Some common cleaning chemicals can be considered hazardous materials. These products can contain harmful chemicals if inhaled, ingested, or absorbed through the skin and can be potentially very dangerous.
Cleaners in the hospital setting are also at risk for exposure to hazardous materials such as bloodborne pathogens and sharps. These pathogens can include viruses, bacteria, and parasites that can cause severe illness or death.
Some common bloodborne pathogens that cleaners may be exposed to include the following: HIV, HBV, HCV, West Nile Virus, Malaria, Typhoid Fever, Cryptosporidium and Giardia lamblia
To protect yourself from exposure to bloodborne pathogens and hazardous materials, you should take the following precautions:
- Read and follow all manufacturer instructions.
- Use cleaning products in well-ventilated areas.
- Wear gloves, masks, and eye protection when using cleaning products.
- Avoid mixing different cleaning products together.
- Store all cleaning products in their original containers.
Use proper lifting techniques
Cleaners often need to lift and carry heavy objects such as mattresses, furniture, and equipment. Improper lifting techniques can lead to injuries such as strains, sprains, and hernias.
In hospitality, multiple cleaners are often needed to lift and move heavy objects. If possible, use a dolly or other mechanical aid to help with the lifting.
To avoid these injuries, cleaners should use proper lifting techniques:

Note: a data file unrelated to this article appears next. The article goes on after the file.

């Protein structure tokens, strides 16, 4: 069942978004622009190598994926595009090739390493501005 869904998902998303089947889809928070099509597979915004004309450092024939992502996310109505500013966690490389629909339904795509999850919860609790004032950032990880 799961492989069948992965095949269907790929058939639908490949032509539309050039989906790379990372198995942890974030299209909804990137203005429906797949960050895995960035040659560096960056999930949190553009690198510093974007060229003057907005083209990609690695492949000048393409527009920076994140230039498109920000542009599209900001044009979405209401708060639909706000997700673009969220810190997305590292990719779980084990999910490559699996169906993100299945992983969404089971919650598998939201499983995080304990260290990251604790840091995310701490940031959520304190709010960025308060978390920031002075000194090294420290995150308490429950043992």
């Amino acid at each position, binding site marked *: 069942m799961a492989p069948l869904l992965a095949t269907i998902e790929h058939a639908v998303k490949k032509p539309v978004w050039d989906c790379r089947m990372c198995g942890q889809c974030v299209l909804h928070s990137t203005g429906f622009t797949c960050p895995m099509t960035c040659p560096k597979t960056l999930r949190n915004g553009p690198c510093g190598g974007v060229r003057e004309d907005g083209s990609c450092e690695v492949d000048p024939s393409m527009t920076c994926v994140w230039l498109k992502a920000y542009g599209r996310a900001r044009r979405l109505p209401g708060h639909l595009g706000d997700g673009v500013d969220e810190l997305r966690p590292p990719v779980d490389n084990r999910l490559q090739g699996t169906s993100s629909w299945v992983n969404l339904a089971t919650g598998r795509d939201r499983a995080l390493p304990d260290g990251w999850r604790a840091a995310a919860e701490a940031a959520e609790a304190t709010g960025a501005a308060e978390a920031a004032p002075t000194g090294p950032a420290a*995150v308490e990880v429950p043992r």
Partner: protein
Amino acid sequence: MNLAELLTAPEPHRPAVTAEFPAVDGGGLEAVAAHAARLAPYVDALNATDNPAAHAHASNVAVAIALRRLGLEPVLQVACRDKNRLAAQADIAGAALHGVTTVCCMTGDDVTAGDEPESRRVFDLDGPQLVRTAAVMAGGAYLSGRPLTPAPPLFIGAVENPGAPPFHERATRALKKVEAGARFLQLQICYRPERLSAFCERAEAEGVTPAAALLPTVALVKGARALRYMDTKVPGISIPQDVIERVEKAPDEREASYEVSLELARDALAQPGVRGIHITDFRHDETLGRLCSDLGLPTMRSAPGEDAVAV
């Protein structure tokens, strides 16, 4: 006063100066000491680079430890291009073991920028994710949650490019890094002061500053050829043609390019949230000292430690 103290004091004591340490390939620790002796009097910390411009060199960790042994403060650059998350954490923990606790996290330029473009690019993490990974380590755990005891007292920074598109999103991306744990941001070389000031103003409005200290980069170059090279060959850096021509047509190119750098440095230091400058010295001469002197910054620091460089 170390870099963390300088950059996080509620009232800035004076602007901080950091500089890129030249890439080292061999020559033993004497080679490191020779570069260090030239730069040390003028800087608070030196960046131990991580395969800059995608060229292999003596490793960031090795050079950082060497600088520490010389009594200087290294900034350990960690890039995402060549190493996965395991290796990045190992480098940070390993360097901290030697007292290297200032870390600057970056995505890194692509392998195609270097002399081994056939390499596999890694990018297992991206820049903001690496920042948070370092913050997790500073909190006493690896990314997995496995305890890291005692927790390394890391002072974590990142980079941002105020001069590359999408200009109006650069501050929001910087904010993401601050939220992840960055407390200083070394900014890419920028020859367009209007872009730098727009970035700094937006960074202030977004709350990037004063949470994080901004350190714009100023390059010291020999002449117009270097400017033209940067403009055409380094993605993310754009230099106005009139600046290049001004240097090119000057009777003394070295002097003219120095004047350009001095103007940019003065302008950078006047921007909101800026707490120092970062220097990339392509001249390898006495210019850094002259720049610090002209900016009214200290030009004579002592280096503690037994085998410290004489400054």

- Bend at the knees, not at the waist.
- Keep the object close to your body.
- Avoid twisting your body while lifting.
- Use your leg muscles, not your back muscles, to lift.
- Ask for help if the object is too heavy to lift alone.
Be aware of ergonomic hazards
Ergonomic hazards result from repetitive motions, awkward postures, or force exerted on the body. These hazards can lead to injuries such as strains, sprains, and carpal tunnel syndrome. Some common ergonomic hazards to which cleaners may be exposed include repetitive motions such as dusting, vacuuming, and mopping. Awkward postures such as bending, reaching, and twisting or force exerted on the body, such as lifting heavy objects, are also considered hazards.To avoid these injuries, cleaners should take the following precautions:
- Use proper lifting techniques.
- Avoid repetitive motions.
- Take breaks often to stretch and rest.
- Use mechanical aids when possible.
- Wear comfortable, supportive shoes.
Be aware of electrical hazards
Cleaners often use electrical equipment such as vacuums, floor buffers, and irons. This equipment can pose an electrocution hazard if misused. According to the HSE website, Alternating current (AC) and Direct Current (DC) electrical supplies can cause a range of injuries, including burns, stopping the heart from beating properly, preventing the person from breathing, and causing muscle spasms. To avoid these injuries, cleaners should take the following precautions:
- Use only equipment tested and approved by a recognised testing laboratory.